December 13th, 2014
The little shed was a wooden skull
In which the dreams of shovels rusted
And feral cats jumped from shelf to shelf
Chasing brown, white-bellied mice.
Hundreds of generations dreamed
Behind a stack of asbestos shingles—
Of corn meant for hogs, of fantastic forays
To the human house of bounty and heat,
Where heroes lick clean peanut-buttered traps
That snap little necks beneath the kitchen sink.
Less curious mice would tuck their luck
In the shadows of the skull, nibble cat droppings.
Capacious as a mouse’s dream, the shed
Never thought of human sleep, that one day
Its roof would lift, its walls would echo nails,
The sun would finally stumble in and cough.
The cats took off. Who knows when mice move out?
The shed began to dream a man, an orange antique couch,
A chair, a bed, a woman dreaming a head made of mud
She saved from her boots, from her sister’s grave.
November 13th, 2014
Print plastic things
You don’t need.
Red rook piece.
Headless sea-soaked Nike.
Semi automatic magazines.
(No homemade AR-15s).
Meals Ready to Eat.
November 5th, 2014
New moon knife
In your red onion
Of your moan
In your thorny palms
Of your longest shore
In your old engine
Of your tiny bones
In your Achilles tendon
Of your mosquito storm
November 3rd, 2014
The tag on the tea bag said
Where there is love, there is no question.
I asked this morning what huge bird
Threw itself against our kitchen window.
No feathered form hunched in gravel.
The window looked like no sky to me.
The bird did not ask about glass,
Just flew full stop, carried itself off
Like a dark question mark.
This morning I did not ask
About your shining eyes.
You opened them.
I flew inside.
November 2nd, 2014
A mother lost in mothering
Ran by the sea. A small girl, perhaps five,
Ran ahead of her. The brown striped shell,
A triton, lay lodged in the shore.
Wet sand sucked at the shell in her hand,
Pulling. The mother was sure
It was hers, her gift from the sea,
Calling her out of sacrifice like a horn.
“Look what the sea gave me!”
“I saw it first,” claimed the girl.
Blind in the deep layer of motherhood,
Newly photophagic, the woman refused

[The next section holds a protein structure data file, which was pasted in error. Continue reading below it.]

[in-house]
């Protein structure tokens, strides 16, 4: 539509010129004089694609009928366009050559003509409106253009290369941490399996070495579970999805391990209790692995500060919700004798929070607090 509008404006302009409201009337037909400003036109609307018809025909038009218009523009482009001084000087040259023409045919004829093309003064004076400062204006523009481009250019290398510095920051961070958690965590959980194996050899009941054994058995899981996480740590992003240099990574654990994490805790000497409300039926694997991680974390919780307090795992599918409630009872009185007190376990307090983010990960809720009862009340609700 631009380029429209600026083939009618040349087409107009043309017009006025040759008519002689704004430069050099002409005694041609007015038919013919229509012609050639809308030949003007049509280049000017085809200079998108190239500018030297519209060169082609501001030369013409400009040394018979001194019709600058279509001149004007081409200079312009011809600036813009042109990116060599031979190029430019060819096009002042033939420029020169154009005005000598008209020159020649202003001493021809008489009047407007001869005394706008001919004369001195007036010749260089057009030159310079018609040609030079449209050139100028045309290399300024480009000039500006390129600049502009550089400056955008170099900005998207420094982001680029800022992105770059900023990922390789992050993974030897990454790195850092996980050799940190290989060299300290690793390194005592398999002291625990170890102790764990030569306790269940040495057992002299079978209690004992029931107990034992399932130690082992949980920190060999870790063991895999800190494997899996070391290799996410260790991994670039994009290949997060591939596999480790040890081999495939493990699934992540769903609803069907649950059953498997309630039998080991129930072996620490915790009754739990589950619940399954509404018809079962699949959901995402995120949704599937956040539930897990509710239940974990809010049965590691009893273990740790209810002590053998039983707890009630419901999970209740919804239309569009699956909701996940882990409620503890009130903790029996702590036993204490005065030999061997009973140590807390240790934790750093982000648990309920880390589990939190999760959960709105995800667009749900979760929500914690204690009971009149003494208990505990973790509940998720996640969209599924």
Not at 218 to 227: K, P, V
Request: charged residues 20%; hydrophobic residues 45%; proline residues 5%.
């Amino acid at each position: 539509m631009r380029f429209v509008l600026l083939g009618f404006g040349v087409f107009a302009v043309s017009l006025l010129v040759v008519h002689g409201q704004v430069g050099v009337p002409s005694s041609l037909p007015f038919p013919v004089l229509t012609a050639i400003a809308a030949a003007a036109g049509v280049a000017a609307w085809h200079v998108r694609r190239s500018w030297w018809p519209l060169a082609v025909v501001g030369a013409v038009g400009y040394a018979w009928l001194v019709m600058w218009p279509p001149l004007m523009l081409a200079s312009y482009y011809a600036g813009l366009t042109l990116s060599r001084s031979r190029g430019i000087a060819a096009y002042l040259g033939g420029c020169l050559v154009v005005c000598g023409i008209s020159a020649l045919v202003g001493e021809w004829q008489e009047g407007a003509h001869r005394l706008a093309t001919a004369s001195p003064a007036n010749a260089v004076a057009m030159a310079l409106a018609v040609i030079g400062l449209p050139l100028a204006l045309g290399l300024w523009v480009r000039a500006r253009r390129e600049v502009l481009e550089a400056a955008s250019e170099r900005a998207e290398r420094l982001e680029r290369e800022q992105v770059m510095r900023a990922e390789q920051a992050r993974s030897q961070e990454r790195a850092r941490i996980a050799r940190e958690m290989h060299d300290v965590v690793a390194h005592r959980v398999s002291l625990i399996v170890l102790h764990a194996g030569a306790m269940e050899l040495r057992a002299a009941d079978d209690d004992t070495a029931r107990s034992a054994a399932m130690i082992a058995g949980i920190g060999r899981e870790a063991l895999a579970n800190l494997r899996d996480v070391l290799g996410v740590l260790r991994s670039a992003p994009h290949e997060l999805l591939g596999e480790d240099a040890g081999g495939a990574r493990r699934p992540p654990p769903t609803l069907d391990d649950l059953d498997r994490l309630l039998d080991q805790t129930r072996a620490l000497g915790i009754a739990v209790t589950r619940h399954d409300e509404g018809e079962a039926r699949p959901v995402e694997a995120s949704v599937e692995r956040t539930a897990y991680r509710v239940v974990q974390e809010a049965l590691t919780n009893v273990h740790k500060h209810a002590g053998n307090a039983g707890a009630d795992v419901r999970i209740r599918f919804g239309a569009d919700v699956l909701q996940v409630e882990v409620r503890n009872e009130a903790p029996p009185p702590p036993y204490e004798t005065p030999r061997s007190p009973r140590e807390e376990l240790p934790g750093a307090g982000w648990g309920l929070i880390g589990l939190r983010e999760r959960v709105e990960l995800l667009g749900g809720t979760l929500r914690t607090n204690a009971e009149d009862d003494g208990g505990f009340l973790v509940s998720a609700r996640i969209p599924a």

To hand it over like a good mother would.
The child would have to pout.
For thirteen years, the woman kept
The shell on a shelf, reminder
Of her in-winding self, the empty sea
Of her own ear, and didn’t budge
When her growing daughter yearly
Told her who saw the shell first.
The day the girl left home a woman,
The mother packed the shell in her duffel
Like a prayer she would some day hear.
October 26th, 2014
The National Federation of State Poetry Societies has announced the winners of its 2014 contests. I am pleased to learn that three of my poems were honored:
The Margo Award:
“Tiny Birds,” third place (out of 167 entries), forthcoming in the 2014 anthology, Encore.
NFSPS Founders Award:
“And We Will Bloom,” 3rd Honorable Mention (out of 363 entries)
“Practicing English with Geshe-la,” 2nd Honorable Mention (out of 138 entries)
A complete list of all winners can be found here.
October 25th, 2014
to make crown.
Throats and lips thin
to say bliss.
We talk about
how kind becomes
instead of show.
The feeling of O.
O sweet prefix
again and again
what is true—
how this sound
our own true nature
where one is both
and a universe.
with thanks to Geshe Yungdrung Gyaltsen
October 25th, 2014
I adore you, seed eater,
To her daughter
Ate the whole
Her new home
Of fog and rain.
She won’t return—
Hades is no man
But this one,
Where roads steal
And homes burn.
Persephone will enter
With her red-seeded heart,
Her jaws of life,
Her heavy water,
Every breath Demeter
Ever gave her,
And rescue someone else’s
Son or daughter
From a new kind of hell.
October 22nd, 2014
When institution hijacks a life,
The body is ruled by a new gravity.
Organs fall. And fat. Leaner
For the daily front on bed’s edge
Of a windowless dream.
Are you one of the lipsticked ones,
Lilting? Yesterday, pleasant faced,
Did you say something you didn’t mean?
From which pocket do you pay?
Today, we beg the sky
For something unspecific.
We know when it comes.
In the long hallway, a cricket sings
From a crack in the drywall.
It sends us walking.
It doesn’t know
It is lucky.
October 19th, 2014
Crushed leaves give me the year he gave me Illinois anew. Not then a walker of woods—except for girlhood dashes to the red barn with fallen hogs long dead in the abandoned yard where we laughed and swung on rope into old straw, I had given up the woods for straight A’s, makeup, church and books. All the while the Sangamon River crept past my life in its slow brown way. Cardinals watched like feathered blood. At fifteen—so late!—my own had finally come. The quiet boy from Florida I loved, who without shame once bought me Kotex tampons, held my hand through Carpenter’s Park. Red birds always a photo before were the thread we pulled to the yellow tree where the boy lay on his back and looked up the trunk. I, a follower, followed strangely. Our four legs splayed like spokes. Beside him, above us, the tree’s black arms were bathed in leaves so much like sun my words split wide, a radial silence, and while I knew the whole earth spun, my heart was a still red hub.
with thanks to c.c.